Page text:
The first presidential cabinet member convicted of a felony while serving was Warren G. Harding's secretary of the interior Albert Fall, who did two years after his 1922 conviction for accepting bribes in connection with the Teapot Dome, Wyoming oil lease scandal.
Fifty-five years went by before John Mitchell, Nixon's Attorney-General, was convicted of conspiracy, perjury, and obstruction of justice in connection with the famous burglary of Democratic headquarters at the Watergate Hotel. Mitchell, to be fair, had recently resigned his office at the time.
Earl Butz, President Ford's secretary of agriculture, was not convicted of a felony while in office, but was forced to resign after telling a joke on a public flight which was overheard and reported by the TV correspondent Geraldo Rivera, to wit: "The only things a nigger cares about are having loose shoes, a tight pussy, and a warm place to shit." In 1978, 4 years after his resignation, Butz pled guilty to income tax evasion in excess of $100,000, served 25 days in jail and paid the money back.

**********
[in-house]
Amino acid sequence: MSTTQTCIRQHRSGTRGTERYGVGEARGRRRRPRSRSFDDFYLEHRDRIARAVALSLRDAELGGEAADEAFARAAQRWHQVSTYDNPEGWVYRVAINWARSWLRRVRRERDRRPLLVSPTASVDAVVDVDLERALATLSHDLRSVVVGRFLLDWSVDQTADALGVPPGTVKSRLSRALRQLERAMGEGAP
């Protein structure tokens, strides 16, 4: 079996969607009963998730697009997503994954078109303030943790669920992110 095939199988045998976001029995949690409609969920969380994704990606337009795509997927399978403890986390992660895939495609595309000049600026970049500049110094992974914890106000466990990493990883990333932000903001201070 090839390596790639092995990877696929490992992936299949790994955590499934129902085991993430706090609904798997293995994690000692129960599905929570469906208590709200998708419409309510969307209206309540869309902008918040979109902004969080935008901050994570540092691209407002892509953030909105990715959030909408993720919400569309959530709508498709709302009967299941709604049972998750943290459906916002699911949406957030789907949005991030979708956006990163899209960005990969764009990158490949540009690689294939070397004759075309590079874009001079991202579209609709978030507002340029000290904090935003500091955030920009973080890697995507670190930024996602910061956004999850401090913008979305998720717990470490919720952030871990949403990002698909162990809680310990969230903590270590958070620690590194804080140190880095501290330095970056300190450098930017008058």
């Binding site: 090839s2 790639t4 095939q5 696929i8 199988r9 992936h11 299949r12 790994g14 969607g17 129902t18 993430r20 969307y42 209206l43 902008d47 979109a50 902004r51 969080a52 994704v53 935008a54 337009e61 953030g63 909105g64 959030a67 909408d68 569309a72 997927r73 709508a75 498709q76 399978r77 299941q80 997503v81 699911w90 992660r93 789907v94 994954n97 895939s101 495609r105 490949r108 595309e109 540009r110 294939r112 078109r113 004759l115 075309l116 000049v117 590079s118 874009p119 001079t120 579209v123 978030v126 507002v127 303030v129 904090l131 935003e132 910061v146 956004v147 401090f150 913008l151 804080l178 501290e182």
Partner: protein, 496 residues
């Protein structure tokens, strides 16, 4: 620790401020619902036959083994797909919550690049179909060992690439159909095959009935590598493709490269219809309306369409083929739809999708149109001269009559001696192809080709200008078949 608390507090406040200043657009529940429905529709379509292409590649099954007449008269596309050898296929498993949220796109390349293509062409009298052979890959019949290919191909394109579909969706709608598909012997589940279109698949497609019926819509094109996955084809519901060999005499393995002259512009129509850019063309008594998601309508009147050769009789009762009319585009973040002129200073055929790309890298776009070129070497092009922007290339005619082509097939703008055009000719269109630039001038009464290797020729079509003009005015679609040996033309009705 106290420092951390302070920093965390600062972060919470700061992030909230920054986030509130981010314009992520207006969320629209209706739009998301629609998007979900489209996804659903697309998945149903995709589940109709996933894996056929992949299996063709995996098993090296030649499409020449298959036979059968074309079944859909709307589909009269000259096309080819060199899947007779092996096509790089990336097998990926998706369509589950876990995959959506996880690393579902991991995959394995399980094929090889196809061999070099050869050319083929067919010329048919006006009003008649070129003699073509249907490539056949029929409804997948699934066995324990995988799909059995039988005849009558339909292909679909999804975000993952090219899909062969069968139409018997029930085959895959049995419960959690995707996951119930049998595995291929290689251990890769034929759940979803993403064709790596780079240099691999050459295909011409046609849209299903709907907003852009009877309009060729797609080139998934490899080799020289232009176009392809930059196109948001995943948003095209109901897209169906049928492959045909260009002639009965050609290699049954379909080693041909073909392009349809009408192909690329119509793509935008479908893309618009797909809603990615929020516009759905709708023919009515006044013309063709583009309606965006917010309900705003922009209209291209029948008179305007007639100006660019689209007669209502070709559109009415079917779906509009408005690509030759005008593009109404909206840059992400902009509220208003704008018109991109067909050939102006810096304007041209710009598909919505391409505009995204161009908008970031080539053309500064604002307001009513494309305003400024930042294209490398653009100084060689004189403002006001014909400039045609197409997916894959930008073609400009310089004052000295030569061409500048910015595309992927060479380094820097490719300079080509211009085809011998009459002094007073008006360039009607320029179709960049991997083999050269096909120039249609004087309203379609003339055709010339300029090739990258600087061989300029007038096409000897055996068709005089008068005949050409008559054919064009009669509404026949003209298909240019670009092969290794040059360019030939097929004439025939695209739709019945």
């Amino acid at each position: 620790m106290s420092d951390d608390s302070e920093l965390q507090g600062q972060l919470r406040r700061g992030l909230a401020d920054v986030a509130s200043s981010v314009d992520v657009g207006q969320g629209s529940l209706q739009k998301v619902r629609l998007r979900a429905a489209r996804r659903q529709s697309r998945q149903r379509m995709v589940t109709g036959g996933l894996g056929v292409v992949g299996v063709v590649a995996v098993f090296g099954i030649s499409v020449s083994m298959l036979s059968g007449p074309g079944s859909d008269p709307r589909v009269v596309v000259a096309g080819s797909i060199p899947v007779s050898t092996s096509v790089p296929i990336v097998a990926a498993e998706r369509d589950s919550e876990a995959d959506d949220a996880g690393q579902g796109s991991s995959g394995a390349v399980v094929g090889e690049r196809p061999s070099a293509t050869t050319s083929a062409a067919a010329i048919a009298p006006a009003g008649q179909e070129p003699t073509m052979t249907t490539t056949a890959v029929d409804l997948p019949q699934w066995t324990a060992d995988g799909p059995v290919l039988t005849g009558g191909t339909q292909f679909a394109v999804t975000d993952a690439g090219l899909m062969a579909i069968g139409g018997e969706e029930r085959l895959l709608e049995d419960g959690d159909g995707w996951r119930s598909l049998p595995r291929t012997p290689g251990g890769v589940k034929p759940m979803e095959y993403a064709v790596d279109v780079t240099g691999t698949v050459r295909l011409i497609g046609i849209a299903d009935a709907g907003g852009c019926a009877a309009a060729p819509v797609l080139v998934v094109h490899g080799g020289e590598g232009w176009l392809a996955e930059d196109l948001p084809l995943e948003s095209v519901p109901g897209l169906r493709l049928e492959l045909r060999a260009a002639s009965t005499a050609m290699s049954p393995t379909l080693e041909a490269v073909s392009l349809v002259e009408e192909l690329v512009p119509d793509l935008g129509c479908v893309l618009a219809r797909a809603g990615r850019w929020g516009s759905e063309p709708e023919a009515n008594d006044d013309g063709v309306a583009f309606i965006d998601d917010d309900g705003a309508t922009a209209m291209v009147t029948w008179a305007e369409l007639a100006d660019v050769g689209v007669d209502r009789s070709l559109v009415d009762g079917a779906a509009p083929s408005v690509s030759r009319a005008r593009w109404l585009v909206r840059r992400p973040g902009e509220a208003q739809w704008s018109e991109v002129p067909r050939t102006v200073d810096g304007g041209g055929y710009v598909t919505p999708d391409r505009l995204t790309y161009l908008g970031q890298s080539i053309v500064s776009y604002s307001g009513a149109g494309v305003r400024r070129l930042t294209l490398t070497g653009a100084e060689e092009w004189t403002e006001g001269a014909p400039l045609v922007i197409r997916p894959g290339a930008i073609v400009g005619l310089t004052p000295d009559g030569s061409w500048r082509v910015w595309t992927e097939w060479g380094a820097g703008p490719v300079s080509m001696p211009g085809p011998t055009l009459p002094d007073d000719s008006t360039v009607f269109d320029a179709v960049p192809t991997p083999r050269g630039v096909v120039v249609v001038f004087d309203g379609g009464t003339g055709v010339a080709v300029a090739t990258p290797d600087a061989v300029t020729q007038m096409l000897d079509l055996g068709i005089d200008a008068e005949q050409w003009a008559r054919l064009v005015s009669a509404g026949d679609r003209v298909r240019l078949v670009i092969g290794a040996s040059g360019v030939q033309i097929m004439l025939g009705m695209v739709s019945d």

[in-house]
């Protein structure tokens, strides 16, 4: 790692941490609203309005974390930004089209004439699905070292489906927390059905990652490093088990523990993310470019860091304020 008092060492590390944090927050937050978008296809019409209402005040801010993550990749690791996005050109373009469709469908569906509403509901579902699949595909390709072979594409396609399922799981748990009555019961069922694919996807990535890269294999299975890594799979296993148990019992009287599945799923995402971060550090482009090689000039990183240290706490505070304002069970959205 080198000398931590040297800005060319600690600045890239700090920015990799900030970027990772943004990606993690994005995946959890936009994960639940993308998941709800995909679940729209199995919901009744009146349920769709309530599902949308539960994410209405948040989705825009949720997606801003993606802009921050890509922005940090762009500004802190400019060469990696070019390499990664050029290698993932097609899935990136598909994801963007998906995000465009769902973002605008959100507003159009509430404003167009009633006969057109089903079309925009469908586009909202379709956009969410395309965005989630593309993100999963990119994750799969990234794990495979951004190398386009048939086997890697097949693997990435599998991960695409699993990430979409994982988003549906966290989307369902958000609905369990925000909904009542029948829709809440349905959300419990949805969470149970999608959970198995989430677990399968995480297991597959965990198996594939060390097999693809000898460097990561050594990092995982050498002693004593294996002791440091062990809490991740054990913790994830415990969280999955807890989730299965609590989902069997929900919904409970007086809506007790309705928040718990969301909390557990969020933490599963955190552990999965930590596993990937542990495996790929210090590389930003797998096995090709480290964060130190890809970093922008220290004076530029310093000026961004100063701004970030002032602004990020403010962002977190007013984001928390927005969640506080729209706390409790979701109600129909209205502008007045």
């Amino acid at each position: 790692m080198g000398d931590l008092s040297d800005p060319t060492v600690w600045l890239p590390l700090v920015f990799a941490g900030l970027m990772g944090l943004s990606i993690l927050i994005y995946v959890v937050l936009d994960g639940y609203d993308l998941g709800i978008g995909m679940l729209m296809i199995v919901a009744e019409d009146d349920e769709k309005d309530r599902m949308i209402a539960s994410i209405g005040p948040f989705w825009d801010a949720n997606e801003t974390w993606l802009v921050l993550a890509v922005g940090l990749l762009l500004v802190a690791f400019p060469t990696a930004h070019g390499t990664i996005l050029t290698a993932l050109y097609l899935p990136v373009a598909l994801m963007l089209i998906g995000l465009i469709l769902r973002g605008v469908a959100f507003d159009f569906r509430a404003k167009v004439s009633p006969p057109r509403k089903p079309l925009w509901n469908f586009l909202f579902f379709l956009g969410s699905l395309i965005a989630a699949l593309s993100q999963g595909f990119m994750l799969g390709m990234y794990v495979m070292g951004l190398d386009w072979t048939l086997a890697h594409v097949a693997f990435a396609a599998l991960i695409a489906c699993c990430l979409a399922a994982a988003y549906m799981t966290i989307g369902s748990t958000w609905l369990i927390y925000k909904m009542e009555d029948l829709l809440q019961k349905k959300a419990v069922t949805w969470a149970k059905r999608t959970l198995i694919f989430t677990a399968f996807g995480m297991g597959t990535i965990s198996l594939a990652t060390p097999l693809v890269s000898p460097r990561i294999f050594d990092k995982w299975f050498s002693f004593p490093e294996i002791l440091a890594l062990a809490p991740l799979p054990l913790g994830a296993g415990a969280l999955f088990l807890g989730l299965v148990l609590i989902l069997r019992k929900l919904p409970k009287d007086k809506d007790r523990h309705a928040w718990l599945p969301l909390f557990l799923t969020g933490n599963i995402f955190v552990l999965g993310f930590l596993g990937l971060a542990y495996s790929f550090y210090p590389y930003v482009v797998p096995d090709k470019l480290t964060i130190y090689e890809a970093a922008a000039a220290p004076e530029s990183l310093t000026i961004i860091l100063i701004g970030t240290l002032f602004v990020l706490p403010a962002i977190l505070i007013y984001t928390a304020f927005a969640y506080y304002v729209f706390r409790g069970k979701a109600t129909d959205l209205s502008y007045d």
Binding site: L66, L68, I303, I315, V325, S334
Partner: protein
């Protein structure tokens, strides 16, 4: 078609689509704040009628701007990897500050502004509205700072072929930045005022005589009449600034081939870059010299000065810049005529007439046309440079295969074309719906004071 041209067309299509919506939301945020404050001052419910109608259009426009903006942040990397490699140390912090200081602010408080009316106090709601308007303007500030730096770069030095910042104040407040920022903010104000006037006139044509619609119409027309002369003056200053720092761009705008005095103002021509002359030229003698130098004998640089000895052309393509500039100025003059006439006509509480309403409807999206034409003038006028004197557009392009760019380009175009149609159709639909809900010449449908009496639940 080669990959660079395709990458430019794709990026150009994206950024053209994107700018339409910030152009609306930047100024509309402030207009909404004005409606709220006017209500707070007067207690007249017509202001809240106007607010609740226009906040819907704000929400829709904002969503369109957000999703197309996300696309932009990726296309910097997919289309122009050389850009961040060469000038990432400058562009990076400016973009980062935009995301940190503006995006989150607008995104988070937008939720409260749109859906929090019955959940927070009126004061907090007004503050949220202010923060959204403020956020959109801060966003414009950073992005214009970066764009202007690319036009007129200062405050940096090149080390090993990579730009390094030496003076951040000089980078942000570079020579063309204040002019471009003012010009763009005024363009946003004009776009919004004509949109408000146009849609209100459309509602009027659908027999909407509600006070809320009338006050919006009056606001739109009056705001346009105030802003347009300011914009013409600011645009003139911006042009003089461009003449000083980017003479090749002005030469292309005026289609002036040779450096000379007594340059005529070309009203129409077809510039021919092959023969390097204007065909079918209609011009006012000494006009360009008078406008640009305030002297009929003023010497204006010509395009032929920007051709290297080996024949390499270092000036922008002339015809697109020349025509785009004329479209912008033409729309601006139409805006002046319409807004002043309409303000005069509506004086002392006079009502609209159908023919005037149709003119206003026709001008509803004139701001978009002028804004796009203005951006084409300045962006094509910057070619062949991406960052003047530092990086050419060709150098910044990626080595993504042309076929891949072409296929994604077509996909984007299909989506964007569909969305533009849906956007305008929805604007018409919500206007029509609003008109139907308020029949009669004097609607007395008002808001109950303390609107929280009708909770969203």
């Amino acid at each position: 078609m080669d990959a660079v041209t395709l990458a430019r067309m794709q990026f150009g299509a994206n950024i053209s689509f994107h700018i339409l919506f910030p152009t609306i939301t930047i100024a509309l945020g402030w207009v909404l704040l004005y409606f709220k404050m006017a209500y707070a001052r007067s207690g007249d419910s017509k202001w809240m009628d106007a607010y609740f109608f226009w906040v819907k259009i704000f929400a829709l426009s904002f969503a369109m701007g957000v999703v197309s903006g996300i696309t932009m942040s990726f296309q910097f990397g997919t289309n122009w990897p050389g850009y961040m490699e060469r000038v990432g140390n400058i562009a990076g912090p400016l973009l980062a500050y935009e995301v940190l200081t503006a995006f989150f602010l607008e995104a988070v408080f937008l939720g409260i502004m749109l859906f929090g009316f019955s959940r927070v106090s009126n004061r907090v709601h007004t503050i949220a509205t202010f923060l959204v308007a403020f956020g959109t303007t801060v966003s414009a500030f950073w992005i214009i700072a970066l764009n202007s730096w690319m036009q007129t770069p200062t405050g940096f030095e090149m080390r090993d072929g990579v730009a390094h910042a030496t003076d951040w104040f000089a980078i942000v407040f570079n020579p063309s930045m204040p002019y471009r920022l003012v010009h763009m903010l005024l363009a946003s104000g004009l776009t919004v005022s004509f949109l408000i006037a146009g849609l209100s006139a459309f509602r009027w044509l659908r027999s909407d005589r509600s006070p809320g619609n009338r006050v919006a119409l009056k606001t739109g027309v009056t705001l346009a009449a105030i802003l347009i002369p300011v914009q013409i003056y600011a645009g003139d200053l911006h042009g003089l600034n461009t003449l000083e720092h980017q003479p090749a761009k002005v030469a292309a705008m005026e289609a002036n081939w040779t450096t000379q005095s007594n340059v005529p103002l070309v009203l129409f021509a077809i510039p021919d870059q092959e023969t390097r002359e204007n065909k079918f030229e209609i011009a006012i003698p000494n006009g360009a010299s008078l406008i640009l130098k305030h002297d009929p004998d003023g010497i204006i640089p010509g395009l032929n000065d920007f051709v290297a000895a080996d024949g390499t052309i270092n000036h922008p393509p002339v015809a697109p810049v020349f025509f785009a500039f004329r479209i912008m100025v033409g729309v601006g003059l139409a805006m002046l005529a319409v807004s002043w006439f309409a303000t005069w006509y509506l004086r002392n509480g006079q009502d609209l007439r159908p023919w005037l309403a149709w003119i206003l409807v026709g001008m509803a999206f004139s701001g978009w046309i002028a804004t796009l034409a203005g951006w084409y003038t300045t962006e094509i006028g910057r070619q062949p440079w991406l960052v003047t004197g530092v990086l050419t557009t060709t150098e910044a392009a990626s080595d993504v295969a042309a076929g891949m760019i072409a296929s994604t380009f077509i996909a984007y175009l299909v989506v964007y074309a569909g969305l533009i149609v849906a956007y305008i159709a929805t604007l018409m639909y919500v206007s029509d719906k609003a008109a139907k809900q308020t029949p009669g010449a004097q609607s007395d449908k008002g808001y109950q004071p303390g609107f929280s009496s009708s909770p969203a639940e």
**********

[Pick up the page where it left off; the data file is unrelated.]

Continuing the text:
Two members of Reagan's Cabinet, Attorney-General Edwin Meese and interior secretary James Watt, barely avoided felony convictions. Watt pled guilty to a single, lesser, misdemeanor charge as he stood accused of 25 counts of perjury and obstruction of justice in connection with influence peddling at the department of housing and urban development Meese resigned in a timely fashion when he was being investigated by a special prosecutor for selling his influence over his long-time friend, the president.
The foregoing is an example of opinion writing with no opinion ever expressed.
Every sentence is an easily-verifiable fact.
To point to abuse is to condemn it.
Also, I find it interesting that all 4 presidents mentioned are of the same political party,